This is a process we are trying to realise through our ‘Ask an expert’ feature. This went live in the last quarter of 2001. In our ‘Ask an expert’ system, employees are free to log their work related-problem online. Already we have identified several experts across the knowledge domains who are involved in providing instant solutions to the problems posed. Employees who are not identified as experts may also respond to queries. Depending on the quality of their response and the response time, they may in turn be formally recognised as domain experts. All responses are stored for future use. The ‘Ask an expert’ environment is shown in figure 4.
The most important challenge in the codification strategy is to keep the repository lean, current and useful. This requires significant resources in terms of investment in technology and man-hours. It is also a challenge to show the returns of this strategy, hence the reason so many companies fail to secure management commitment on a sustained basis.
While it is becoming more important to design offices in a way that increases the socialisation aspects of daily work (an important means of transferring knowledge through so-called ‘knowledge accidents’), the concept of communities of practice (CoP) is gaining popularity as a means of turning these chance interactions into a more formal, organised process.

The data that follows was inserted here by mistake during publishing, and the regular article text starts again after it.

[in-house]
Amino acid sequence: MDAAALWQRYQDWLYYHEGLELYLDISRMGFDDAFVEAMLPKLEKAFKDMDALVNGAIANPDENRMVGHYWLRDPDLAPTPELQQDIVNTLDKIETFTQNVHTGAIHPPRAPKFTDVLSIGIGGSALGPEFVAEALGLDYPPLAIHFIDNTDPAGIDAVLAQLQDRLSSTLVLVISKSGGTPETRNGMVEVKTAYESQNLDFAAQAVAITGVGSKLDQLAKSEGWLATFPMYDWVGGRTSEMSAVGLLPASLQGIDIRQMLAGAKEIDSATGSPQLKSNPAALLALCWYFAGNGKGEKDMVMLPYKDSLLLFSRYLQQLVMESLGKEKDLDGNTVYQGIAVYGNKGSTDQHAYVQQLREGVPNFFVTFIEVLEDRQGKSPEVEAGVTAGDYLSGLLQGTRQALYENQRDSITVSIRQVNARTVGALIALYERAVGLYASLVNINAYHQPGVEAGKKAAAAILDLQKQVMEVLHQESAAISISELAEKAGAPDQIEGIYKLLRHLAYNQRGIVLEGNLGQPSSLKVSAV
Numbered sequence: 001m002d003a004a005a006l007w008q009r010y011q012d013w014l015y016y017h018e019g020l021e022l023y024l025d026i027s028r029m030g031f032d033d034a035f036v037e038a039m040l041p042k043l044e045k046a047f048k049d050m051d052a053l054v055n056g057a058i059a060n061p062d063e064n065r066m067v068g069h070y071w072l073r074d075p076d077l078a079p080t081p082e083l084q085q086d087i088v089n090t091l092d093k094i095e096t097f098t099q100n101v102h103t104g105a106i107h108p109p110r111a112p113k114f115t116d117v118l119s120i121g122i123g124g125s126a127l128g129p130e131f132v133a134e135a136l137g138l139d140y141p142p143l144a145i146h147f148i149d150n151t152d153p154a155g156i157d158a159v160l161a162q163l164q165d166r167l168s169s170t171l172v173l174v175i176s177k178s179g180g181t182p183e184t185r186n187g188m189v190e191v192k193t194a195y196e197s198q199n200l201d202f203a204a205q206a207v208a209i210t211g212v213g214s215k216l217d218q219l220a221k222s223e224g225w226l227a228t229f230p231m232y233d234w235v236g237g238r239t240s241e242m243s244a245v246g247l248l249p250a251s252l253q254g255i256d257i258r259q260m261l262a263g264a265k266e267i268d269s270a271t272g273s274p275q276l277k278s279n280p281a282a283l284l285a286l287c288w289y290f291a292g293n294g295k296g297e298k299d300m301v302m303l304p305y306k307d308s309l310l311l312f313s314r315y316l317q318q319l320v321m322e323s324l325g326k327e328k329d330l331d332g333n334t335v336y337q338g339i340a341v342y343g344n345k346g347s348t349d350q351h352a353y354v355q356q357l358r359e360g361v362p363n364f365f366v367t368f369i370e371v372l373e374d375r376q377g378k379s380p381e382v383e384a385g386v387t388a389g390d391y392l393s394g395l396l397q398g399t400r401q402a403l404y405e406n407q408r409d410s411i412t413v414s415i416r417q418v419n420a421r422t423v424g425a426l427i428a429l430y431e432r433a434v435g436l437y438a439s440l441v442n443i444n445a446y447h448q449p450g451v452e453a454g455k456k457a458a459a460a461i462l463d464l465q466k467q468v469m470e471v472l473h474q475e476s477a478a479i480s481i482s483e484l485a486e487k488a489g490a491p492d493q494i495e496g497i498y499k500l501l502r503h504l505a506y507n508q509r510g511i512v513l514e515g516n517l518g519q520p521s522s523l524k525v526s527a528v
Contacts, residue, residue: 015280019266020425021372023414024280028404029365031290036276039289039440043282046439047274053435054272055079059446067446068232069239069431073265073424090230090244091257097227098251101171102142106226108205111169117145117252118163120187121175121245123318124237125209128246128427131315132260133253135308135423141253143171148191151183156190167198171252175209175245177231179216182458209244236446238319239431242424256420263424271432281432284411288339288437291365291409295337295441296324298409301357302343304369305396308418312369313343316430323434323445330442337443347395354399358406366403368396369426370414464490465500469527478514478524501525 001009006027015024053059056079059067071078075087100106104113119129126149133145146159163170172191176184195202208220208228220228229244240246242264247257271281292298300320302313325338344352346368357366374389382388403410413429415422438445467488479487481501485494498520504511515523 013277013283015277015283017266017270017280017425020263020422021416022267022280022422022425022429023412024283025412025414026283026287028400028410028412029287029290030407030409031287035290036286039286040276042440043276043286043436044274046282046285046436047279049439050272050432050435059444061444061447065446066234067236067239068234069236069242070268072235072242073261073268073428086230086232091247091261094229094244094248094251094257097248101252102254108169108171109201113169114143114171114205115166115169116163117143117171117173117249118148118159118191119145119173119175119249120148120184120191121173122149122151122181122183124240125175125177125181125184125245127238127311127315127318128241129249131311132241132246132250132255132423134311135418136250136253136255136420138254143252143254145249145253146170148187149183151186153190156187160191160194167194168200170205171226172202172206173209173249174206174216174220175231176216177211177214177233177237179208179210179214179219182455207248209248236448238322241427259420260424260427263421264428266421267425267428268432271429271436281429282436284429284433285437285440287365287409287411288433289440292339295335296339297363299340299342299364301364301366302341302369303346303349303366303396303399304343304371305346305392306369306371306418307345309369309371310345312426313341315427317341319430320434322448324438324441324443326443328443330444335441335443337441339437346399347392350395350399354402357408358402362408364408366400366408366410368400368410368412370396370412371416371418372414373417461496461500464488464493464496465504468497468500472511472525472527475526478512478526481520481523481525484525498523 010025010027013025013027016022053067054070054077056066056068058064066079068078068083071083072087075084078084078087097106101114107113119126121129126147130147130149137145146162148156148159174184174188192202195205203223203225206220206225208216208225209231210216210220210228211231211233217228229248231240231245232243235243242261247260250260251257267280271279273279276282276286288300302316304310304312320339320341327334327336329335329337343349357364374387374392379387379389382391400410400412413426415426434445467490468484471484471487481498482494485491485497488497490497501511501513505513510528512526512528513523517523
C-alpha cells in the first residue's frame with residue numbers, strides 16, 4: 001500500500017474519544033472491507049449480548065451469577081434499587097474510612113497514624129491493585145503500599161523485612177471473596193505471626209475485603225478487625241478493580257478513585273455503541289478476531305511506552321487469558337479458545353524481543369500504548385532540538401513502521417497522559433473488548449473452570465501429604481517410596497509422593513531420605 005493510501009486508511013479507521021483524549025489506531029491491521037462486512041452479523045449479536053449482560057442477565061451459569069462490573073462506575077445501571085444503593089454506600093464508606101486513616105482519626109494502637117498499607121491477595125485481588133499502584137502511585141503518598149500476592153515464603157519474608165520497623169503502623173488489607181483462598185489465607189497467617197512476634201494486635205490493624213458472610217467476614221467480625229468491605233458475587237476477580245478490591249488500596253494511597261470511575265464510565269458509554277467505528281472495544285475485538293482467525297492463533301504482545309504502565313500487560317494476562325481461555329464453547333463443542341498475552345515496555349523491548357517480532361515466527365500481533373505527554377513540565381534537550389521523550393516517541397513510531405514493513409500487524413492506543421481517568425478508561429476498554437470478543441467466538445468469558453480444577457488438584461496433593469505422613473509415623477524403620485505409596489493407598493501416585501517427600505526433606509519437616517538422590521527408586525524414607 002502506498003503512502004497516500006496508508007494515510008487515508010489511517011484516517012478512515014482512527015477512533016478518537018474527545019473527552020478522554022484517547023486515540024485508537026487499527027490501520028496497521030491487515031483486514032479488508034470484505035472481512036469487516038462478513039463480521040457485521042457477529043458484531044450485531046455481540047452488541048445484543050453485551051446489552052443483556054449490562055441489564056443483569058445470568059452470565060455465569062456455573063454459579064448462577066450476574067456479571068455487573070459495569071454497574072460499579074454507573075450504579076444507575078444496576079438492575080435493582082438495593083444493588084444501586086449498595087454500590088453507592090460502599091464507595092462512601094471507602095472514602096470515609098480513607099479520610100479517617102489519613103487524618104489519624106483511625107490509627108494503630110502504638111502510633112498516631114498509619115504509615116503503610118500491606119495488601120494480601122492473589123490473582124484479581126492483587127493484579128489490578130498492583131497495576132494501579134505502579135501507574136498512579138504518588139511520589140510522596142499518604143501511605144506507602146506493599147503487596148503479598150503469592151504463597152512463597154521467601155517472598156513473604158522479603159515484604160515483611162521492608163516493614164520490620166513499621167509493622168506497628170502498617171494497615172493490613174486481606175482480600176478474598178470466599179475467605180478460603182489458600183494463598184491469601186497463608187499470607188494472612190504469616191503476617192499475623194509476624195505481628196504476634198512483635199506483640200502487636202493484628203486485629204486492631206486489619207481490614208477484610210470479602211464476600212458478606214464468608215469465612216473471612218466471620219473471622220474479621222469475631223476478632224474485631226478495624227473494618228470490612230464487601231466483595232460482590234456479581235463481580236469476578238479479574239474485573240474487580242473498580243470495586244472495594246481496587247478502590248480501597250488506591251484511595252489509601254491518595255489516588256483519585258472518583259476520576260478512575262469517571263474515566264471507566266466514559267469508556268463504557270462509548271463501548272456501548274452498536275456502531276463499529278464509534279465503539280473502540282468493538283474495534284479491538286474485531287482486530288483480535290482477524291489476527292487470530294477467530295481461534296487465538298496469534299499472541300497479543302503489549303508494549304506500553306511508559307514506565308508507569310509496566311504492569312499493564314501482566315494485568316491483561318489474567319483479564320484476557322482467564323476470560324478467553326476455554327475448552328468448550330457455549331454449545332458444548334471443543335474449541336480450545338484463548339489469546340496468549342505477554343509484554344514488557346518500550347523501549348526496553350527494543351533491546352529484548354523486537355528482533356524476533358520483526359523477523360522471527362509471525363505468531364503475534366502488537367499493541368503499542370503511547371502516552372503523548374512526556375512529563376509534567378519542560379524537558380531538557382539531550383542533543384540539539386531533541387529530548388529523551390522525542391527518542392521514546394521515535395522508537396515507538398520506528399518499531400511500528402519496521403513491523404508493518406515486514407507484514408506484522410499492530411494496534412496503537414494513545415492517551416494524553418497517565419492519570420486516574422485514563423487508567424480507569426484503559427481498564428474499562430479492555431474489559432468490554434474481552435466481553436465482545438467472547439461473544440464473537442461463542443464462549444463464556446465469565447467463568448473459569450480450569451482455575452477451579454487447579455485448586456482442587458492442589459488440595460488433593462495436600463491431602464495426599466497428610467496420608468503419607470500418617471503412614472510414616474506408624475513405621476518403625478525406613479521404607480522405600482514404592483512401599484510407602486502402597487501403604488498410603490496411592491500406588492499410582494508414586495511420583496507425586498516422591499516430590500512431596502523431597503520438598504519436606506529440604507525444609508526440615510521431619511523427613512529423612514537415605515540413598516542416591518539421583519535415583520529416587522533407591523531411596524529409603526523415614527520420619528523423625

To encourage knowledge transfer across divisions and departments at Tata Steel, we have created 23 knowledge communities, which are actually groups of like-minded people who have come together to share what they know and to learn from one another regarding particular aspects of their work. The community meetings provide a forum to employees, allowing them the chance to discuss, debate and plan experiments and to share best practices, which are mostly tacit in nature. The communities are more of a knowledge-creating and sharing platform than a target-oriented task force aimed at solving specific problems.
Communities play a very important role in capturing experts’ tacit knowledge, improving the overall quality of the knowledge repository and encouraging usage of the repository. These knowledge communities incorporate several distinct roles, such as champion, convener, practice leader, lead experts and practitioners. The communities are formed not just around Tata Steel’s core business, but also around functions like HR. They are, in most cases, further divided into sub-communities depending upon the focus area and knowledge gaps that exist.